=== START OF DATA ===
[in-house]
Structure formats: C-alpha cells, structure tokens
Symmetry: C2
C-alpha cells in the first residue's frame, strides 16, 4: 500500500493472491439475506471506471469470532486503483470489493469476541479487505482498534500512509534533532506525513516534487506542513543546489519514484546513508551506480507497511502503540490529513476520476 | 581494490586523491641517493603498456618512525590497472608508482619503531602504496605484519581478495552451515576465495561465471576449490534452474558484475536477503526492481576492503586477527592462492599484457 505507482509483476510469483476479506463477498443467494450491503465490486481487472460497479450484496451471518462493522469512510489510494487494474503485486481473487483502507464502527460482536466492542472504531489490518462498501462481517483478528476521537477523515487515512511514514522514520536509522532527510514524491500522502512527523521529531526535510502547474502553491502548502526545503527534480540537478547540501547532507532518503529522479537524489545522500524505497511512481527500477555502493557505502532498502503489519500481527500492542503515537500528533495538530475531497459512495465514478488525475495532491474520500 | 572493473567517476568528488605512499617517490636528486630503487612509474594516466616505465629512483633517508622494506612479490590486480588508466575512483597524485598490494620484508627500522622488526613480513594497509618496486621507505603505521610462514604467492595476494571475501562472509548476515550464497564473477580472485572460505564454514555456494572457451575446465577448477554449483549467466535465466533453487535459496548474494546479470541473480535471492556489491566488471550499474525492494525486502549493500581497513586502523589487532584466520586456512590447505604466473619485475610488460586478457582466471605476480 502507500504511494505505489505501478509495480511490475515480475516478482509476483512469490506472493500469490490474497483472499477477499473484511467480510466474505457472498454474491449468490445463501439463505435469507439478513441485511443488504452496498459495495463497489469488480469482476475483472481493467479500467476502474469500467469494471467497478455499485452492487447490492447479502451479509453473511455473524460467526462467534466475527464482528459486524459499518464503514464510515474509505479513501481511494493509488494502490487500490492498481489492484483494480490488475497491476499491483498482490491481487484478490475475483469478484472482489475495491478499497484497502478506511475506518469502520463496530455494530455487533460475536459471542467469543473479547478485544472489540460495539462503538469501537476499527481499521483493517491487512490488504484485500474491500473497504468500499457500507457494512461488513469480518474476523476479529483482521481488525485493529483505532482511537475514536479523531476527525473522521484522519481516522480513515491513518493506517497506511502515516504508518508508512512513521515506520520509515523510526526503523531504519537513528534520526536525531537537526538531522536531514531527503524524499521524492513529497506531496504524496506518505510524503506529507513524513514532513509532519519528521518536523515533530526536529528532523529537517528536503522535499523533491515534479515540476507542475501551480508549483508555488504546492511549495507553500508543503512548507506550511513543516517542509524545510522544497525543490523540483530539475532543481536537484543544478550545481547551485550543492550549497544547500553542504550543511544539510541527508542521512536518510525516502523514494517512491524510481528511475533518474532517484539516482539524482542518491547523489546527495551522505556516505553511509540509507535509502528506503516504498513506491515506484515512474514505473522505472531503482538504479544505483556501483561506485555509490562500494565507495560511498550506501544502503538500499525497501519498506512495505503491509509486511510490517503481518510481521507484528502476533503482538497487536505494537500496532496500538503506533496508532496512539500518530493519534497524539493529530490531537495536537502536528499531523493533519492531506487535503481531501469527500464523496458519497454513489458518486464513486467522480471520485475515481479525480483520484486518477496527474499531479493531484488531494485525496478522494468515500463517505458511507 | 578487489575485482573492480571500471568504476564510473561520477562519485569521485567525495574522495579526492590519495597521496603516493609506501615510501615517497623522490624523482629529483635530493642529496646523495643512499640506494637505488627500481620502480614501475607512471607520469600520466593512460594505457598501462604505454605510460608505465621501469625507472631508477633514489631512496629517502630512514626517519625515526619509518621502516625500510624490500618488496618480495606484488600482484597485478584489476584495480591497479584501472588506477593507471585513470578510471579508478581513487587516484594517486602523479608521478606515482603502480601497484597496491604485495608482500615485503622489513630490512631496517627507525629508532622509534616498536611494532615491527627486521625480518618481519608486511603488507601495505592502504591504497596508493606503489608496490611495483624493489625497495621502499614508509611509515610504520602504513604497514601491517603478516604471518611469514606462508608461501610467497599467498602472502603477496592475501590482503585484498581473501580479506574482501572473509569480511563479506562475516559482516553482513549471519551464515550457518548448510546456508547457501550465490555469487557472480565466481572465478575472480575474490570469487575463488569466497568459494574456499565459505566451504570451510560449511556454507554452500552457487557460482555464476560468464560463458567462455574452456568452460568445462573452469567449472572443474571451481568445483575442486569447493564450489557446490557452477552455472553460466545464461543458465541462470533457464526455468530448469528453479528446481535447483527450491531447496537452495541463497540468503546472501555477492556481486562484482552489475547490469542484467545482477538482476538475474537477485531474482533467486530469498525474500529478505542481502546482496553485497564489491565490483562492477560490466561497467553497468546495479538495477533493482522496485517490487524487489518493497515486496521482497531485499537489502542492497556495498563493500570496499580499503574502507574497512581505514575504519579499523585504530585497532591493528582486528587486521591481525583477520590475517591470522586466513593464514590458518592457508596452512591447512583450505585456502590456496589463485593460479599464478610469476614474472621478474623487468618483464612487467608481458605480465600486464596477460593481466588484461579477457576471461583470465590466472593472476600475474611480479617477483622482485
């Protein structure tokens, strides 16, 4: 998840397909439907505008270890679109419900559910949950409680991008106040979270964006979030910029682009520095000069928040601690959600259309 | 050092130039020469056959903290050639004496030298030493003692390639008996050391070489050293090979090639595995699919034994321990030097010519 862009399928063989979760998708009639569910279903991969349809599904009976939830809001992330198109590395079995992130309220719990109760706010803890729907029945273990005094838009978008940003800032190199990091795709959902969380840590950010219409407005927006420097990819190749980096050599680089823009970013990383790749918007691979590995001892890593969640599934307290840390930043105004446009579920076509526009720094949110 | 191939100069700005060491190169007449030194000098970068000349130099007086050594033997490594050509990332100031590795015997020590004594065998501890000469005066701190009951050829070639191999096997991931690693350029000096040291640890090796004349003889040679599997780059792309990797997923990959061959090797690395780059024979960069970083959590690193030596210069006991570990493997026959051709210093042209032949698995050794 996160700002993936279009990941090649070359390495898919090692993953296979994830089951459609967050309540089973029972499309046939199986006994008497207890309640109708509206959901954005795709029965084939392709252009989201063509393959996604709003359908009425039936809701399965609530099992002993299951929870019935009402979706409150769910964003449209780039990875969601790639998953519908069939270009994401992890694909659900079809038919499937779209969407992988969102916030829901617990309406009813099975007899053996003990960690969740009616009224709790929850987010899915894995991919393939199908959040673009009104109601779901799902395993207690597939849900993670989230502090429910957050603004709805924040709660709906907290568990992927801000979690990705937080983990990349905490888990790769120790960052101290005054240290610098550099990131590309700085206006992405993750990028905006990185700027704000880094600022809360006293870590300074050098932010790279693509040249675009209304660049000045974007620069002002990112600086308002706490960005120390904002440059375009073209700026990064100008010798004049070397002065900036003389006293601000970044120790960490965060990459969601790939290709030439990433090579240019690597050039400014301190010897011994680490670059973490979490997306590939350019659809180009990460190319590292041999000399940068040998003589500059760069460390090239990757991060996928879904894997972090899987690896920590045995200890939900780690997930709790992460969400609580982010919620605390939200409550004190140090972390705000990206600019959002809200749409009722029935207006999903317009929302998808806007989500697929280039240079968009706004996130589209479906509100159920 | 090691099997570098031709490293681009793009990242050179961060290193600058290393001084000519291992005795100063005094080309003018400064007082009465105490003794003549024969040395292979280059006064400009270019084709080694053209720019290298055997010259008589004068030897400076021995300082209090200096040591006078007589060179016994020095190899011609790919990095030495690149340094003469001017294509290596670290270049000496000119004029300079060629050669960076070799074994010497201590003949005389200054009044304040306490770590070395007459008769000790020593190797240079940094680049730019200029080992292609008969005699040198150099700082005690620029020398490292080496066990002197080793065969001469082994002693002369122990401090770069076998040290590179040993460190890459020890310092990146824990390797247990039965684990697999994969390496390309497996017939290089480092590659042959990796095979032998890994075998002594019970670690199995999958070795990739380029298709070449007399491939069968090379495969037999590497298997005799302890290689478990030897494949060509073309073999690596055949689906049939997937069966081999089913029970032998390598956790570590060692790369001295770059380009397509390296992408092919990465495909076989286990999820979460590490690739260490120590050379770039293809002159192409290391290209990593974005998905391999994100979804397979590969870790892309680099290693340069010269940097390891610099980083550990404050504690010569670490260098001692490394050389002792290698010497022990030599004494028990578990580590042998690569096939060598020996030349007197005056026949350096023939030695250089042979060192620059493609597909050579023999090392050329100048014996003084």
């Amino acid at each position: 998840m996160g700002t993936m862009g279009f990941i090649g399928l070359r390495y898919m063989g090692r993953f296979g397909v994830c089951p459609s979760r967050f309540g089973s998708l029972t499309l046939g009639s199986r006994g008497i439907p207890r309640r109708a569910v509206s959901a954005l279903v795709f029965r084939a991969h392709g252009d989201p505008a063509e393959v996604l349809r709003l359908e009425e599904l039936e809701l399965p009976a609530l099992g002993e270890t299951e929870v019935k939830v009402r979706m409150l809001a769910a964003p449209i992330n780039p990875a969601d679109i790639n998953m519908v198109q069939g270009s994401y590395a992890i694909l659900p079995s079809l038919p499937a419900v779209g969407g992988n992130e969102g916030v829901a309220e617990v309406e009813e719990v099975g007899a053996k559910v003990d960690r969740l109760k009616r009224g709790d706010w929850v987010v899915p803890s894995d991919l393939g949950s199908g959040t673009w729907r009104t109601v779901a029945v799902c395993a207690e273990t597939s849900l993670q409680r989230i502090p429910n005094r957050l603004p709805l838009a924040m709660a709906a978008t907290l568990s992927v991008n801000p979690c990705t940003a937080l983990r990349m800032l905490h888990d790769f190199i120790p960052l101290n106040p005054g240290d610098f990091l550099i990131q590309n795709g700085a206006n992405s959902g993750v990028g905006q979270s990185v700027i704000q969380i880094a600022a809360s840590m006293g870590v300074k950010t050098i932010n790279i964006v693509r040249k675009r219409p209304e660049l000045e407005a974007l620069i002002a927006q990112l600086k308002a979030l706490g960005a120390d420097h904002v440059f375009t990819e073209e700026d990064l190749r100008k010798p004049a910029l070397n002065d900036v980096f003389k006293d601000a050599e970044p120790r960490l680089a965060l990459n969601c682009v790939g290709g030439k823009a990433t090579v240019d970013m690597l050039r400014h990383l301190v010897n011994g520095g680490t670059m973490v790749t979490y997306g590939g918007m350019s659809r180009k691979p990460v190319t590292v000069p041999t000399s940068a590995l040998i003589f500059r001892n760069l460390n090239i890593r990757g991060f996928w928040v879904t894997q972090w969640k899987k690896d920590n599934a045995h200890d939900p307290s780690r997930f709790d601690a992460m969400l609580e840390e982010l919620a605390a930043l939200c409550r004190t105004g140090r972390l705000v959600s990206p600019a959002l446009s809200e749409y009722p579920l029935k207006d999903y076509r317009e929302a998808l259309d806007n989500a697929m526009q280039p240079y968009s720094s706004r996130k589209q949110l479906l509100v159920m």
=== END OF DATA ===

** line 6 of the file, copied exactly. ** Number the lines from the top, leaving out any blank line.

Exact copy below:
């Amino acid at each position: 998840m996160g700002t993936m862009g279009f990941i090649g399928l070359r390495y898919m063989g090692r993953f296979g397909v994830c089951p459609s979760r967050f309540g089973s998708l029972t499309l046939g009639s199986r006994g008497i439907p207890r309640r109708a569910v509206s959901a954005l279903v795709f029965r084939a991969h392709g252009d989201p505008a063509e393959v996604l349809r709003l359908e009425e599904l039936e809701l399965p009976a609530l099992g002993e270890t299951e929870v019935k939830v009402r979706m409150l809001a769910a964003p449209i992330n780039p990875a969601d679109i790639n998953m519908v198109q069939g270009s994401y590395a992890i694909l659900p079995s079809l038919p499937a419900v779209g969407g992988n992130e969102g916030v829901a309220e617990v309406e009813e719990v099975g007899a053996k559910v003990d960690r969740l109760k009616r009224g709790d706010w929850v987010v899915p803890s894995d991919l393939g949950s199908g959040t673009w729907r009104t109601v779901a029945v799902c395993a207690e273990t597939s849900l993670q409680r989230i502090p429910n005094r957050l603004p709805l838009a924040m709660a709906a978008t907290l568990s992927v991008n801000p979690c990705t940003a937080l983990r990349m800032l905490h888990d790769f190199i120790p960052l101290n106040p005054g240290d610098f990091l550099i990131q590309n795709g700085a206006n992405s959902g993750v990028g905006q979270s990185v700027i704000q969380i880094a600022a809360s840590m006293g870590v300074k950010t050098i932010n790279i964006v693509r040249k675009r219409p209304e660049l000045e407005a974007l620069i002002a927006q990112l600086k308002a979030l706490g960005a120390d420097h904002v440059f375009t990819e073209e700026d990064l190749r100008k010798p004049a910029l070397n002065d900036v980096f003389k006293d601000a050599e970044p120790r960490l680089a965060l990459n969601c682009v790939g290709g030439k823009a990433t090579v240019d970013m690597l050039r400014h990383l301190v010897n011994g520095g680490t670059m973490v790749t979490y997306g590939g918007m350019s659809r180009k691979p990460v190319t590292v000069p041999t000399s940068a590995l040998i003589f500059r001892n760069l460390n090239i890593r990757g991060f996928w928040v879904t894997q972090w969640k899987k690896d920590n599934a045995h200890d939900p307290s780690r997930f709790d601690a992460m969400l609580e840390e982010l919620a605390a930043l939200c409550r004190t105004g140090r972390l705000v959600s990206p600019a959002l446009s809200e749409y009722p579920l029935k207006d999903y076509r317009e929302a998808l259309d806007n989500a697929m526009q280039p240079y968009s720094s706004r996130k589209q949110l479906l509100v159920m």